You have a significant retirement portfolio. You're an experienced investor. You've done pretty well at picking stocks. You probably even own a few of Zacks Top Retirement stock picks like:
American Eagle Outfitters (AEO - Free Report) , Merck (MRK - Free Report) and Lockheed Martin (LMT - Free Report) .
If you did something similar, would it be advisable for you to trade your own retirement nest egg?
It could be a good idea - that is, if you are one of the very few investors who understands your own risk tolerance and can keep your emotions in check during chaotic market swings. However, if you're like the rest of us, there are likely more prudent ways to reach your retirement investing goals.
That's because the risk - reward scenario and investing approach is completely different for long-term wealth building and active stock trading.
Managing Retirement Investments: Stock Picking vs. Diversification
Picking individual stocks has the potential for huge returns - but also carries a lot of risk, which is particularly hazardous when investing for retirement.
A study done by Hendrik Bessembinder of equity markets over nine decades found that just 4% of the best-performing U.S.stocks generated all the market's gains. The rest were flat - the gains of the next 38% were wiped out by the bottom 58%, which lost money.
Those numbers reinforce that, even if you are an experienced and talented stock picker, your chances of success over a long period are very slim.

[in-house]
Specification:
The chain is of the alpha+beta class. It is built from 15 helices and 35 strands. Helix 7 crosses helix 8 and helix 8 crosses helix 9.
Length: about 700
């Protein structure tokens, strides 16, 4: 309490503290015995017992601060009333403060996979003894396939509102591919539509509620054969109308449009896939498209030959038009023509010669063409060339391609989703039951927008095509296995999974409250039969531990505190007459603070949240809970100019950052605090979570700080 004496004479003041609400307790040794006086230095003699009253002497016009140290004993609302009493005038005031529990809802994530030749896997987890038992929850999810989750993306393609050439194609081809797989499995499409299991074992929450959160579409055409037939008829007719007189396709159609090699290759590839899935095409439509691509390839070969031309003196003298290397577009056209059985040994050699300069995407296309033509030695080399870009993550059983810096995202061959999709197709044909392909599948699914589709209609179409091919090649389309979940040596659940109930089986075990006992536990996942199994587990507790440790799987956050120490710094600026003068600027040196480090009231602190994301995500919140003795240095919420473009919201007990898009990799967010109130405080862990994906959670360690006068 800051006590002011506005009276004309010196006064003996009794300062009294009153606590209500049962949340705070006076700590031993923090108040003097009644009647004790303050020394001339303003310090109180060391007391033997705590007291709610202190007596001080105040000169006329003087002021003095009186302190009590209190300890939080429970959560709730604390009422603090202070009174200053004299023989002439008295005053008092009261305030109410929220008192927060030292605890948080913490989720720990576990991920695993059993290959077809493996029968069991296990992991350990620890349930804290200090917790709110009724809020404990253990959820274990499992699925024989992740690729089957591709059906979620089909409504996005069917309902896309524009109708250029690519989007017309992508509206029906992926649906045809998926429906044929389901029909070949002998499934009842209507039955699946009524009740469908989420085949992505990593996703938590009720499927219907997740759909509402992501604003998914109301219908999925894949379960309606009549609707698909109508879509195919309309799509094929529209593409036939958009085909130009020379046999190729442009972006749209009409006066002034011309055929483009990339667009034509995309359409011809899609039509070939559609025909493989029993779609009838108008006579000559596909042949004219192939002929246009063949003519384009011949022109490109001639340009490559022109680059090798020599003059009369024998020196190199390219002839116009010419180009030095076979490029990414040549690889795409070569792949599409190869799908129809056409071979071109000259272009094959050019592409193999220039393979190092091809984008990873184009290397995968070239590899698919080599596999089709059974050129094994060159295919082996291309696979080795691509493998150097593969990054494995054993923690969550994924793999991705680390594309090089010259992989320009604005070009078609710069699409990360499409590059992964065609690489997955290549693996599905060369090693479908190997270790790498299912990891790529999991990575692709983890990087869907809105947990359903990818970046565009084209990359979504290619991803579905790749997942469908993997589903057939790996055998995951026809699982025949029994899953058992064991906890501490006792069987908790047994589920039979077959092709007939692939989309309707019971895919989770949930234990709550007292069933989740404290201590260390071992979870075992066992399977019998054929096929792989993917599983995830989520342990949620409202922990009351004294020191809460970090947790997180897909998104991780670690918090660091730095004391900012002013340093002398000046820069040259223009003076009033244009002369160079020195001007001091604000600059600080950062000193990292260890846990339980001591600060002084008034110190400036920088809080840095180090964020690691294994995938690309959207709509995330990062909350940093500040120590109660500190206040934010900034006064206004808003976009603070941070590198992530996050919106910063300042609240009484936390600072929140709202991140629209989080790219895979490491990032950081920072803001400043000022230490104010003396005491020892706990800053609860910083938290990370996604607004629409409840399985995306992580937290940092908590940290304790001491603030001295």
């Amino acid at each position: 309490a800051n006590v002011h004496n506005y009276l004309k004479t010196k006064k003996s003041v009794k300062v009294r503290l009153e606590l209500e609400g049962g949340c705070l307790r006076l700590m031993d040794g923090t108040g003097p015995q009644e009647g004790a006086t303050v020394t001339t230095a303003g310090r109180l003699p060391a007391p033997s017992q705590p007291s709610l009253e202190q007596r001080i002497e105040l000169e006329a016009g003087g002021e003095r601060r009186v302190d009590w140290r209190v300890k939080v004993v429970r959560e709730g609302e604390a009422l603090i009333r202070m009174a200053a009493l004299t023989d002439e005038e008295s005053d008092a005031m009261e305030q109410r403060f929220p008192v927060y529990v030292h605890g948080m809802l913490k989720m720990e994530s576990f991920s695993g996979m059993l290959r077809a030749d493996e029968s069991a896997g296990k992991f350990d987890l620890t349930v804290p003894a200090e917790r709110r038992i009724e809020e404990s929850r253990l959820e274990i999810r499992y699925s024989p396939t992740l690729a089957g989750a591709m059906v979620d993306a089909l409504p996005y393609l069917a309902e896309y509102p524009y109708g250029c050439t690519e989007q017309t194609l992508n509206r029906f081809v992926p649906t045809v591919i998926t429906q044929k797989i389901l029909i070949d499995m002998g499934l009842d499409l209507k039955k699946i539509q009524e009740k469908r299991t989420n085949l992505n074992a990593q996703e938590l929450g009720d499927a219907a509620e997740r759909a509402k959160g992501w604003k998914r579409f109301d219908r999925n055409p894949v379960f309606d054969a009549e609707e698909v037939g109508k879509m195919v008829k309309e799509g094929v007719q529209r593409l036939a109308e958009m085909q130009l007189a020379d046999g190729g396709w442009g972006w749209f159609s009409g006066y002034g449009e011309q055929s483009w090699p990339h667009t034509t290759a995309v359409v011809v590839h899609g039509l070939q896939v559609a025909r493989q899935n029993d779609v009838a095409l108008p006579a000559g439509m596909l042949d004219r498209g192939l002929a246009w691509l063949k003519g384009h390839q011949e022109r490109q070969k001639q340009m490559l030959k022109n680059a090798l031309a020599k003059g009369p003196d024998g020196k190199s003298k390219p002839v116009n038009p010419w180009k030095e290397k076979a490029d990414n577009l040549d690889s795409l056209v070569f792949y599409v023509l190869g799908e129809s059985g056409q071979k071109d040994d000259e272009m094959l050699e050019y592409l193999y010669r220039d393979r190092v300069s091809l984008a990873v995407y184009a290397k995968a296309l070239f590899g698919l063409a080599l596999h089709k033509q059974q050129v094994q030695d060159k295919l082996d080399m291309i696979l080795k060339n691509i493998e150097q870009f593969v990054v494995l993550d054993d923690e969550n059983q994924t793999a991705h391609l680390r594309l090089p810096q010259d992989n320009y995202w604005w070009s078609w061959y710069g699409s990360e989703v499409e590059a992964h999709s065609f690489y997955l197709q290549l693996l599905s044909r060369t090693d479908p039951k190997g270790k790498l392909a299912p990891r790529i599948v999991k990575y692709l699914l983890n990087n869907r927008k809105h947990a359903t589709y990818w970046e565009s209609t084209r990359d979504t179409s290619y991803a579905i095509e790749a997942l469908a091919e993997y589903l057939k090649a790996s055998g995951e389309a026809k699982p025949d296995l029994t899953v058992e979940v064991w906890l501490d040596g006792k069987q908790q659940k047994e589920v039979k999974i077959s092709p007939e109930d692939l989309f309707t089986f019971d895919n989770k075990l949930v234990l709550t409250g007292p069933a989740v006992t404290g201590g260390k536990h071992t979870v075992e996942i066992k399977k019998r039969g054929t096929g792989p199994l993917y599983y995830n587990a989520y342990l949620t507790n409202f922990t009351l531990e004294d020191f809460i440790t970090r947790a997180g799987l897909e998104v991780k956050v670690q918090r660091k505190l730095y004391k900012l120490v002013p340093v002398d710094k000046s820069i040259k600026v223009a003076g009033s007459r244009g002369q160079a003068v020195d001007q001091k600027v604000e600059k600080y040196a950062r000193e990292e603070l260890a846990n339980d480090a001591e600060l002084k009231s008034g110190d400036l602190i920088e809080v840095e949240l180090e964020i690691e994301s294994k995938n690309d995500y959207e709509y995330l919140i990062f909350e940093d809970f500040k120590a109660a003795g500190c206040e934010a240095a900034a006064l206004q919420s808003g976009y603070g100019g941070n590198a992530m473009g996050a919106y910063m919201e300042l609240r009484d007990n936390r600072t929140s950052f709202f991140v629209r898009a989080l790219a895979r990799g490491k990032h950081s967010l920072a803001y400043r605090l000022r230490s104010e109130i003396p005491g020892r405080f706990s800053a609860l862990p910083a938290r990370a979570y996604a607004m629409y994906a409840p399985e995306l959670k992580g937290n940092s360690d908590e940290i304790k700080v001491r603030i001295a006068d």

Is it Possible to Invest "Rationally"?
Investors think they can make rational decisions, but research shows that the opposite is often true. A recent DALBAR study tracked investors from 1986 to 2015 and found that the average investor substantially underperformed compared to the S&P 500. Over 30 years, the S&P 500 returned 10.35%, but the average investor return was just 3.66%.
It is worth noting that this period included the 1987 crash and enormous bear markets in 2000 and 2008, and the positively trending market of the 1990s as well.
This study indicates that one key explanation behind investor underperformance is attempting to time volatile markets - and that irrational emotional biases are likely to compound investor botches.
Curiously, even experienced traders tend to underperform since they can't resist the emotional urge to make impulsive investment choices. They might be overly self-assured and miscalculate risk, get attached to a price target, or perceive a pattern that does not exist. This behavioral fallacy, over the long-term, can be disastrous with potential underperformance of a huge number of dollars disrupting your retirement.
What It All Means for Retirement Investors
Your retirement portfolio ought to be dealt with a technique of performance over decades - not days, weeks or quarters. Most self-coordinated investors will in general miss the mark with regards to long-term outcomes.
Does that mean you should quit trading? Not really. One plan is to take 10% of your investable resources and trade to create alpha and look for outsized returns.
However, the major part of your wealth - those assets reserved for retirement - ought to be invested utilizing a more careful, conservative, risk management strategy to produce steady, compounded returns so you can securely achieve your retirement objectives.
Do You Know the Top 9 Retirement Investing Mistakes?
Whether you're planning to retire early or not, don't let investing mistakes derail your plans.
If you have $500,000 or more to invest and want to learn more, click the link to download our free report, 9 Retirement Mistakes that will Ruin Your Retirement.